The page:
Glow-In-The-Dark Pee

R the nurse was walking down the hall with an open urine cup, looking at it and smelling it. That doesn't happen too often. It looked like it was glowing; Mountain Dew straight out.

"You should put that under a Woods lamp (a black light)", I said. So we did, and gosh darn if it didn't glow like a kid's glowstick at Disneyland.

So what's the guy's story? He was an ingestion, unclear history, suicide attempt for two days...perhaps he decided to add antifreeze to his list. Antifreeze has a compound called fluorescein added for this exact reason, because antifreeze kills kidneys, tastes sweet, and tends to get ingested by kids and dogs. And alcoholics.
His blood alcohol level came back at an impressive 0.390, which is a personal best for me; this, actually, was really good news. Antifreeze is fun for two reasons--one for the fluorescent pee, two because the old school antidote is a lot of alcohol. The two are metabolized by the same pathway, but alcohol is a better substrate, so if you drink enough, you can prevent the antifreeze from being changed into it's toxic metabolite.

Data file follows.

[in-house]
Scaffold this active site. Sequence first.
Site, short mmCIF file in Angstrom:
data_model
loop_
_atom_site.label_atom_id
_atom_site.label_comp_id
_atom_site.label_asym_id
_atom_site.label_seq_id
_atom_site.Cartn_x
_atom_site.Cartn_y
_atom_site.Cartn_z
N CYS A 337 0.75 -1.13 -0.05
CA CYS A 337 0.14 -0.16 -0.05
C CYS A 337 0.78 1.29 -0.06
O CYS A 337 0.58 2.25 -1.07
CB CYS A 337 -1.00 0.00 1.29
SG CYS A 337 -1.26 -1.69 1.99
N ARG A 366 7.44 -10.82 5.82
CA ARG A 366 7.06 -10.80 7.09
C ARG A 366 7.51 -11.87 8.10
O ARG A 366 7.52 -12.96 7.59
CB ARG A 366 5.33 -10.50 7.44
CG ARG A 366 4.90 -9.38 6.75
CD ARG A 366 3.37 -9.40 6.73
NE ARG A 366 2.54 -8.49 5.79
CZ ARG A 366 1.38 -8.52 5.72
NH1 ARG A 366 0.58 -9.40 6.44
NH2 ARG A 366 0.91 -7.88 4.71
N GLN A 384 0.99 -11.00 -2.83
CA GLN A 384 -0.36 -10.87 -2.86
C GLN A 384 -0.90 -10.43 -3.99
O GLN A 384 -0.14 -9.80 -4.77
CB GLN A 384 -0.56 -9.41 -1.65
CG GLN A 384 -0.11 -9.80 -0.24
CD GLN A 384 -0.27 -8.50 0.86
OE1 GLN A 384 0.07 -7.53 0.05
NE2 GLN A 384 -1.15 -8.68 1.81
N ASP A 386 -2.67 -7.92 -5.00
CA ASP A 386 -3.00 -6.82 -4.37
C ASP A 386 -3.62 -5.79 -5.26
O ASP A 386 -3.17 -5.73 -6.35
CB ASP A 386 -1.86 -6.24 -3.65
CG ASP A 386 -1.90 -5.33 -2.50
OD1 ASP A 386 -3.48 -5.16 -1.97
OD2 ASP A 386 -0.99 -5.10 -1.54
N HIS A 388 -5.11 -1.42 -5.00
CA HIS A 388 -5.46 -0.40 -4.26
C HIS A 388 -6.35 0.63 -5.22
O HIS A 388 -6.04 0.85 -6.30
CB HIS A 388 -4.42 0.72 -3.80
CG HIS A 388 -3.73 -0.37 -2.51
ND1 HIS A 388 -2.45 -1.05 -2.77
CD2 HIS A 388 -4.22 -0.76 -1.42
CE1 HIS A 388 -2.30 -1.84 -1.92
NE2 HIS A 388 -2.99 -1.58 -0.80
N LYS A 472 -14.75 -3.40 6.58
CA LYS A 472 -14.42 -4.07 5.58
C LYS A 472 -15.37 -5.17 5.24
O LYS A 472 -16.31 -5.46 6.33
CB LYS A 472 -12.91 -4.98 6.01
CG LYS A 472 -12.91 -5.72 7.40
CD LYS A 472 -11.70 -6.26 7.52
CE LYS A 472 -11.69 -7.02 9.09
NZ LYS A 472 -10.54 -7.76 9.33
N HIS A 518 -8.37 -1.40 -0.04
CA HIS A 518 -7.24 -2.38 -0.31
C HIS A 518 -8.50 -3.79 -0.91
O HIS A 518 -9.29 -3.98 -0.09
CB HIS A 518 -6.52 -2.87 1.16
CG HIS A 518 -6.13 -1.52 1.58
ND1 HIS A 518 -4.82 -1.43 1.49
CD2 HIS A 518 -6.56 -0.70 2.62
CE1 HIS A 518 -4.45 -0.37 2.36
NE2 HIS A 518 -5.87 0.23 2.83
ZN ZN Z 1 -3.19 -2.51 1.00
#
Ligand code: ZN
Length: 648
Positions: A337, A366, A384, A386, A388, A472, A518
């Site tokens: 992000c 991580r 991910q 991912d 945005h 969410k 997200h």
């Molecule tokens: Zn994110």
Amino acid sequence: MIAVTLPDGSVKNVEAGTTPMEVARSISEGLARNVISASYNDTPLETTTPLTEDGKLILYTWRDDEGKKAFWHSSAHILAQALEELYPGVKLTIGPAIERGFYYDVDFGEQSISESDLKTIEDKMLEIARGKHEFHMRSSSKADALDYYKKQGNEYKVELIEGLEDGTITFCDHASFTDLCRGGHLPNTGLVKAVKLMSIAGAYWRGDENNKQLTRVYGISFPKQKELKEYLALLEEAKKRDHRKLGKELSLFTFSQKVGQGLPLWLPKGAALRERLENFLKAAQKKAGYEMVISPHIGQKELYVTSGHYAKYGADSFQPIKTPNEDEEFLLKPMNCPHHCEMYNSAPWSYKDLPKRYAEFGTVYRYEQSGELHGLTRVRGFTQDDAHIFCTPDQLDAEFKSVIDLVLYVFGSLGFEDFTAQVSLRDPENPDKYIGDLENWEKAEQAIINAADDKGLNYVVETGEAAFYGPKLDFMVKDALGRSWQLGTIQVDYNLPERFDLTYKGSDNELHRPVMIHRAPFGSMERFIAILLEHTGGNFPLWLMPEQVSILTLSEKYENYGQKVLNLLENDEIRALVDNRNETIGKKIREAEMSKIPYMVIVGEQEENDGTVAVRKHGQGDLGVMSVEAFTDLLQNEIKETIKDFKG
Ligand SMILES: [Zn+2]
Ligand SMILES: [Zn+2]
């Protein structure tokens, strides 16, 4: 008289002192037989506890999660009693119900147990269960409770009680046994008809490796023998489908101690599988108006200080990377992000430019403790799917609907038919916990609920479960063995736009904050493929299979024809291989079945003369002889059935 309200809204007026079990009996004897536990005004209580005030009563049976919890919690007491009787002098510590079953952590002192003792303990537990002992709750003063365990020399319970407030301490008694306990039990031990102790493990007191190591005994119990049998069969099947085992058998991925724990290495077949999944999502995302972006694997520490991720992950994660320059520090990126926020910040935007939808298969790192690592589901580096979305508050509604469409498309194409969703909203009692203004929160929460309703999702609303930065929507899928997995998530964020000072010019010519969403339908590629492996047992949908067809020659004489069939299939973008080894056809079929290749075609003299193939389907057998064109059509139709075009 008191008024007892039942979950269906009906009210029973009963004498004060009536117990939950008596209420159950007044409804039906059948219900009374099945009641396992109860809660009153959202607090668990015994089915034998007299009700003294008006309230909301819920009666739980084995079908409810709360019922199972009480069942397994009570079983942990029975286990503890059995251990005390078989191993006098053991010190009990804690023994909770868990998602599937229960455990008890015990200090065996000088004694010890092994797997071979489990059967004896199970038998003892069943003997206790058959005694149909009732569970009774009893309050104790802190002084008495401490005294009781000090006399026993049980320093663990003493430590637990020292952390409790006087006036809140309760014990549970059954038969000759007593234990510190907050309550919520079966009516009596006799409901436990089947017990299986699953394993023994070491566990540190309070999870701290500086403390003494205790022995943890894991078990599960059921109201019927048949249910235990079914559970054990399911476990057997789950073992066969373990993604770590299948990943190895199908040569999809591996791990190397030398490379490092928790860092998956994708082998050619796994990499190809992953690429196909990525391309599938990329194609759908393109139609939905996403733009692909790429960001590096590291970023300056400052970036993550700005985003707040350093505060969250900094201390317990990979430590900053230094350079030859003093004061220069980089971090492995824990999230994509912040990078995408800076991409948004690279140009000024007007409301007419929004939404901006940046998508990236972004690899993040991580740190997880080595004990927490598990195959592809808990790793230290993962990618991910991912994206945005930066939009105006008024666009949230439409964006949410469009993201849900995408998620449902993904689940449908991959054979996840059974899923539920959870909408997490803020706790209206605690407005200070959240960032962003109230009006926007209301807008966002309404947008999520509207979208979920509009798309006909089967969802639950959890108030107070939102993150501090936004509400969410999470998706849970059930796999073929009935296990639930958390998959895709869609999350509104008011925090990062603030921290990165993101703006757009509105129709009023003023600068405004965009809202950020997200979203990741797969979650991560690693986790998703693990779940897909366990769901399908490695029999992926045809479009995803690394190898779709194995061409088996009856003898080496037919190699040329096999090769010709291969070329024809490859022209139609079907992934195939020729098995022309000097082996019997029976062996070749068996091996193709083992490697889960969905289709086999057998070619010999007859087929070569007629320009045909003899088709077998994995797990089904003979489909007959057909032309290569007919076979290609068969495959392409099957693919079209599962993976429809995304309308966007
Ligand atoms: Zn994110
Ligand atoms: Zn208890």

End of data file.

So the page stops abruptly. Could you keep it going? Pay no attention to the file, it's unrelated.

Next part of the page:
As with anything that's 'interesting', the guy's antifreeze level came back very low. Possible we just missed it and he had peed it all out. But, a Google search also turned up a wide variety of things that turn your pee fluorescent. In fact, there was an article in a pediatric journal that discussed a random sample of 30 pediatric urine tests, 21 of which were fluorescent underneath a Woods lamp. None of those patients had antifreeze poisoning.

Turns out niacin and other B vitamins turn your pee fluorescent, among other things, including certain other medications. I also wonder about food coloring, especially in children (perhaps why 21 of 30 randomly selected had fluorescent pee--have you seen what they eat?)

So the next time your friend drinks a pint of antifreeze, take him or her under a black light and hand them a fifth of tequila. And, again I'm reminded, even the classic cases, aren't.

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